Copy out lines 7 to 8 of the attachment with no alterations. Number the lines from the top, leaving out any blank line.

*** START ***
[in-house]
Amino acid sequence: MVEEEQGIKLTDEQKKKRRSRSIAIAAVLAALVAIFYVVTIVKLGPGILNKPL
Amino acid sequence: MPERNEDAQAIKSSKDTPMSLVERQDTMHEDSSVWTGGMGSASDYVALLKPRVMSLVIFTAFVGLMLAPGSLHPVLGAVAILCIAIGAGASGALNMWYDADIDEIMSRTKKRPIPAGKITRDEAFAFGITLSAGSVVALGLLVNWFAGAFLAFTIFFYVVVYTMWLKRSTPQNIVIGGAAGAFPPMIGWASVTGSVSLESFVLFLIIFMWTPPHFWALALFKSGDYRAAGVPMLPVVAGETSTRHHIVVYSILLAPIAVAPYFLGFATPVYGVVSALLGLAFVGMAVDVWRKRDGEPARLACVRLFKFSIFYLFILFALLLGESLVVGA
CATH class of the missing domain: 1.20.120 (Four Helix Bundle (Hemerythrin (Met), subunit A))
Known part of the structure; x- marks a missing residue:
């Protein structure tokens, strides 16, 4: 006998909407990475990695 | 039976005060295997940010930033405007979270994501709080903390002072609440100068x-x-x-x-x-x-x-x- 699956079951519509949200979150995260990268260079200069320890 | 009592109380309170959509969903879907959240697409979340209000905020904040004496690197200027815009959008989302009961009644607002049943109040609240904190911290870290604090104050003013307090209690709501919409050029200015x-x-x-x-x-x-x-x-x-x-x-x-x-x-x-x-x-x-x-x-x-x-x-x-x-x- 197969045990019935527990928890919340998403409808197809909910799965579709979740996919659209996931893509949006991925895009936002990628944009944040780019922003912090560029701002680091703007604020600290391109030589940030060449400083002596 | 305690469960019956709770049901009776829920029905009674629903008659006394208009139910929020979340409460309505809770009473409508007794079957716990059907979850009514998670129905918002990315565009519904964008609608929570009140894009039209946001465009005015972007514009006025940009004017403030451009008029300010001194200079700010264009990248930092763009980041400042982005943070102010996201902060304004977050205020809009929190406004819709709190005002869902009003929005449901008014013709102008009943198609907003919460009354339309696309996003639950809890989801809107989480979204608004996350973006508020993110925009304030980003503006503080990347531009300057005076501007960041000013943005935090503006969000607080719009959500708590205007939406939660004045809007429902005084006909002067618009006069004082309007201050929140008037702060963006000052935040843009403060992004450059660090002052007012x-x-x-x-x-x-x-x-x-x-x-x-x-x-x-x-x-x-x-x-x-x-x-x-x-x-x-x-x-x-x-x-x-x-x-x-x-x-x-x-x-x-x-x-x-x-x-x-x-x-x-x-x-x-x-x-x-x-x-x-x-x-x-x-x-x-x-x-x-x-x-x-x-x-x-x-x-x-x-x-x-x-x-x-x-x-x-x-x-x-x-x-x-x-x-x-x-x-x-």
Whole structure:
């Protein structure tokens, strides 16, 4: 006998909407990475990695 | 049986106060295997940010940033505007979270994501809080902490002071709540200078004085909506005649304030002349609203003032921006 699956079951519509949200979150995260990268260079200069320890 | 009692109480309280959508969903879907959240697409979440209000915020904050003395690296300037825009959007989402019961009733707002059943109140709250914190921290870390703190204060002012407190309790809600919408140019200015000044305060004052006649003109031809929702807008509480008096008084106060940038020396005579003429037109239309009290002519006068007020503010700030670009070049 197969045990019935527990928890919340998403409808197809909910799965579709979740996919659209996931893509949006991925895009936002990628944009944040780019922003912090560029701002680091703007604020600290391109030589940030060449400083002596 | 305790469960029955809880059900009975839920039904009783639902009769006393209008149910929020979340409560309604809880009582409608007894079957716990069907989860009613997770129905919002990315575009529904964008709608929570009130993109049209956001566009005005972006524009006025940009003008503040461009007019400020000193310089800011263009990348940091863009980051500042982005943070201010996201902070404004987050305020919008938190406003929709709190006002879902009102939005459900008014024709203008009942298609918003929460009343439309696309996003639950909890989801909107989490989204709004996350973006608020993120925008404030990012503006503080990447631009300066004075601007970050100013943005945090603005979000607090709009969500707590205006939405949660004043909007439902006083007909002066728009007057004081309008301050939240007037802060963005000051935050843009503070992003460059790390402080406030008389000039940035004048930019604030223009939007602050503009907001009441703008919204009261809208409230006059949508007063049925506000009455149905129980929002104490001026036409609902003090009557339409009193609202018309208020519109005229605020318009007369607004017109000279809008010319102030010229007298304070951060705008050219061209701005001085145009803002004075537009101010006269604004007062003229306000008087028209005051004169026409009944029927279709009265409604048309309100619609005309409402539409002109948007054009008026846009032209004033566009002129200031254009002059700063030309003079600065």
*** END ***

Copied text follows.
Whole structure:
């Protein structure tokens, strides 16, 4: 006998909407990475990695 | 049986106060295997940010940033505007979270994501809080902490002071709540200078004085909506005649304030002349609203003032921006 699956079951519509949200979150995260990268260079200069320890 | 009692109480309280959508969903879907959240697409979440209000915020904050003395690296300037825009959007989402019961009733707002059943109140709250914190921290870390703190204060002012407190309790809600919408140019200015000044305060004052006649003109031809929702807008509480008096008084106060940038020396005579003429037109239309009290002519006068007020503010700030670009070049 197969045990019935527990928890919340998403409808197809909910799965579709979740996919659209996931893509949006991925895009936002990628944009944040780019922003912090560029701002680091703007604020600290391109030589940030060449400083002596 | 305790469960029955809880059900009975839920039904009783639902009769006393209008149910929020979340409560309604809880009582409608007894079957716990069907989860009613997770129905919002990315575009529904964008709608929570009130993109049209956001566009005005972006524009006025940009003008503040461009007019400020000193310089800011263009990348940091863009980051500042982005943070201010996201902070404004987050305020919008938190406003929709709190006002879902009102939005459900008014024709203008009942298609918003929460009343439309696309996003639950909890989801909107989490989204709004996350973006608020993120925008404030990012503006503080990447631009300066004075601007970050100013943005945090603005979000607090709009969500707590205006939405949660004043909007439902006083007909002066728009007057004081309008301050939240007037802060963005000051935050843009503070992003460059790390402080406030008389000039940035004048930019604030223009939007602050503009907001009441703008919204009261809208409230006059949508007063049925506000009455149905129980929002104490001026036409609902003090009557339409009193609202018309208020519109005229605020318009007369607004017109000279809008010319102030010229007298304070951060705008050219061209701005001085145009803002004075537009101010006269604004007062003229306000008087028209005051004169026409009944029927279709009265409604048309309100619609005309409402539409002109948007054009008026846009032209004033566009002129200031254009002059700063030309003079600065």